What to visit in Havana?

There are plenty of wonderful places that you can’t miss while visiting Havana, and you have a lot of choices. 

Old Havana (La Habana Vieja)

The Old Havana is literally like walking into a movie set from the 1950s. The city’s architecture stayed pretty much the same as when its walls and buildings were first founded. It has a charm and atmosphere specific to Caribbean islands and countries, with colors bursting everywhere, music sounding, people chattering at peace, and the sun shining bright on the aged buildings. 

You almost ask yourself why the men didn’t wear suits and walking sticks, and the women gorgeous long dresses, hats, and umbrellas to be protected from the sun. It is located within walking distance of el Malecon, where you can watch the powerful waves of the ocean crashing soundly. 

Havana Cathedral (Catedral de San Cristóbal)

The Havana Catedral is located in The Plaza de la Catedral in Old Havana. It is a beautiful building dating back to 1748, a truly impressive architectural piece. That’s how walking in Havana feels like anyway, with all the old and amazing buildings that remain unrestored or modified since they were constructed.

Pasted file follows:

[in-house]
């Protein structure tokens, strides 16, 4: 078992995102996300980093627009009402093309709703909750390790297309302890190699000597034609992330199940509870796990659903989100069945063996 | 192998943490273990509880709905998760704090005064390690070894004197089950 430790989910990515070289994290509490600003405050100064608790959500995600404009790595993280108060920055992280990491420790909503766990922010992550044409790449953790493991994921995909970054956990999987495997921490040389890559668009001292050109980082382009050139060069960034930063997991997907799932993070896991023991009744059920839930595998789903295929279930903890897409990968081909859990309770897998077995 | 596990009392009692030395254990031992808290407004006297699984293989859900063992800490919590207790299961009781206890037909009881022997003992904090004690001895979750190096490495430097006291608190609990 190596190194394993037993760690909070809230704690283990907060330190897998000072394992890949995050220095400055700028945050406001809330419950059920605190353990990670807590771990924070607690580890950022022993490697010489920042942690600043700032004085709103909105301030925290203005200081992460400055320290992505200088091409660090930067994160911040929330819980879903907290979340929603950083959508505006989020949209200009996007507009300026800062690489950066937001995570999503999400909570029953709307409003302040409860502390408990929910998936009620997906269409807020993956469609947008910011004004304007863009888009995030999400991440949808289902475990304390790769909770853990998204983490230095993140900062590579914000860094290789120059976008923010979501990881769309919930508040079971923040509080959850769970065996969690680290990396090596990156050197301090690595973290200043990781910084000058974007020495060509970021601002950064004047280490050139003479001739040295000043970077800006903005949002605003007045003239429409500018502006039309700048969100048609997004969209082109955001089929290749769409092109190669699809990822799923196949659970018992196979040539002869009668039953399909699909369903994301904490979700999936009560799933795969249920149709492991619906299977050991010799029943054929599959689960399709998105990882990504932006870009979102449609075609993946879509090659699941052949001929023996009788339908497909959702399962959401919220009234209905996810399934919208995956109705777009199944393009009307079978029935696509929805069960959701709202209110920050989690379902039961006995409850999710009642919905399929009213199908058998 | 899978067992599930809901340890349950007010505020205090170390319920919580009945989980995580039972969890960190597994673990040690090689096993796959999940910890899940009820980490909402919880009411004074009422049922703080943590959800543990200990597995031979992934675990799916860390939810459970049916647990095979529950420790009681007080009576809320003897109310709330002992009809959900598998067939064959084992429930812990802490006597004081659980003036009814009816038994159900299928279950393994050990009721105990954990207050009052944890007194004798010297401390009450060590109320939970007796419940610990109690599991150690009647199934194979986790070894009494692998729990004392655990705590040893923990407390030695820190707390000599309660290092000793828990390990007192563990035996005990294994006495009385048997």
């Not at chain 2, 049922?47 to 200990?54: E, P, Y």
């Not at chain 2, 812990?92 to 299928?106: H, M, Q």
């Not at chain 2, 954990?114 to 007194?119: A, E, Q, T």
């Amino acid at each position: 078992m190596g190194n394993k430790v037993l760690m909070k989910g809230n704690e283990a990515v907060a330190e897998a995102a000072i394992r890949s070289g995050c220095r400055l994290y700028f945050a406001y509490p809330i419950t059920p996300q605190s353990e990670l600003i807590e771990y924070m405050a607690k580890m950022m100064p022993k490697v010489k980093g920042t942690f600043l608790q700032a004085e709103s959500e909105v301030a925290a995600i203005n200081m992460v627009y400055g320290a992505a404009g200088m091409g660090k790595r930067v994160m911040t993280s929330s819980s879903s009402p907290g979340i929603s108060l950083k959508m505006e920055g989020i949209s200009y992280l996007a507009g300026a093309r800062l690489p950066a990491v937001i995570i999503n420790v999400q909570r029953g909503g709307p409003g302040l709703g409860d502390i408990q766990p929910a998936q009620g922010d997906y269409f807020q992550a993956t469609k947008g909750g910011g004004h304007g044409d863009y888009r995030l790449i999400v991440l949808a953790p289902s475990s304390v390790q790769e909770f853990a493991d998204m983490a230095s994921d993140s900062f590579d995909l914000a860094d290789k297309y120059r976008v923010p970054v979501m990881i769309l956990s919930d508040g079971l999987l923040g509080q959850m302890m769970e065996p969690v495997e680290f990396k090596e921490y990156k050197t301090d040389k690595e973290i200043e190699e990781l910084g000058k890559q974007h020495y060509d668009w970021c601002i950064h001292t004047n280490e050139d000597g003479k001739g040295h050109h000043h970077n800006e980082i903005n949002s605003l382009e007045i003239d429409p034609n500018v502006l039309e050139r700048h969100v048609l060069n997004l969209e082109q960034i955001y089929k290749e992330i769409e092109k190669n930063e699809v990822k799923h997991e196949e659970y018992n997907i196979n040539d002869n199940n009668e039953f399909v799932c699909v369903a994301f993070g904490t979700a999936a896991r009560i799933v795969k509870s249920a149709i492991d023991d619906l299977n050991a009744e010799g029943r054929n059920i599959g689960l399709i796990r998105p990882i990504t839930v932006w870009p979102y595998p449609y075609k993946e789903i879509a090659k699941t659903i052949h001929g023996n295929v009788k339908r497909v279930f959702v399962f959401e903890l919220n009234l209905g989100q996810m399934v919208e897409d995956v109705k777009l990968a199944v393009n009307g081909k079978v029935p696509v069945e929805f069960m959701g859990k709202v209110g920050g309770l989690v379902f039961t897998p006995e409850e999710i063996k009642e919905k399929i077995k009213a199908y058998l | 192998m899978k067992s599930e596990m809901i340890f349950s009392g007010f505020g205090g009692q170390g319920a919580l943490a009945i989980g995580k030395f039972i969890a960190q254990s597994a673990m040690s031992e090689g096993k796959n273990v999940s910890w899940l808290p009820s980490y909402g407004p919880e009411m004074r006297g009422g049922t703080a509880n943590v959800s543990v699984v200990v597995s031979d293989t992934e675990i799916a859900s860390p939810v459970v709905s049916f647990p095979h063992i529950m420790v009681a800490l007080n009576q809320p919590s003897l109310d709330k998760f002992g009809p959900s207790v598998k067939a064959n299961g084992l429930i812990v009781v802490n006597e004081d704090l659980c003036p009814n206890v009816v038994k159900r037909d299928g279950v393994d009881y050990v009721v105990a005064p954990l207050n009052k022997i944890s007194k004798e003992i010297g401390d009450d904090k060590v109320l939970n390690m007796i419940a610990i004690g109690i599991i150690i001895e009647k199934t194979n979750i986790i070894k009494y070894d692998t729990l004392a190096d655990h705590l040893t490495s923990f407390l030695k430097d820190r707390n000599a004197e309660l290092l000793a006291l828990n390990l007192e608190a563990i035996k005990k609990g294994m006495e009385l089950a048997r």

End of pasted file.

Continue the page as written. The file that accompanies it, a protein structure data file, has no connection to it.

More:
I came across the Cathedral just walking around in the city (as I did the whole time there), and I am so glad I did. It is a UNESCO-designated world heritage building, and it is truly a sight you can’t miss if you are in Havana.

National Capitol de Cuba (El Capitolio)

El Capitolio was built by president Gerardo Machado in 1926 and is located in the exact center of Havana. It is a very majestic building, very similar to the United States Capitol by design and appearance. It is surrounded by palm trees and beautiful statues, and from its stairs, you can see almost the whole city, and many people, locals, and tourists alike sit and gather on the stairs daily. As much as it is beautiful, while I was sitting on the top of the steps, it saddened me a little bit the sight of some amazing old buildings almost in decay, without restoration going on, just perishing away slowly with the passing of time.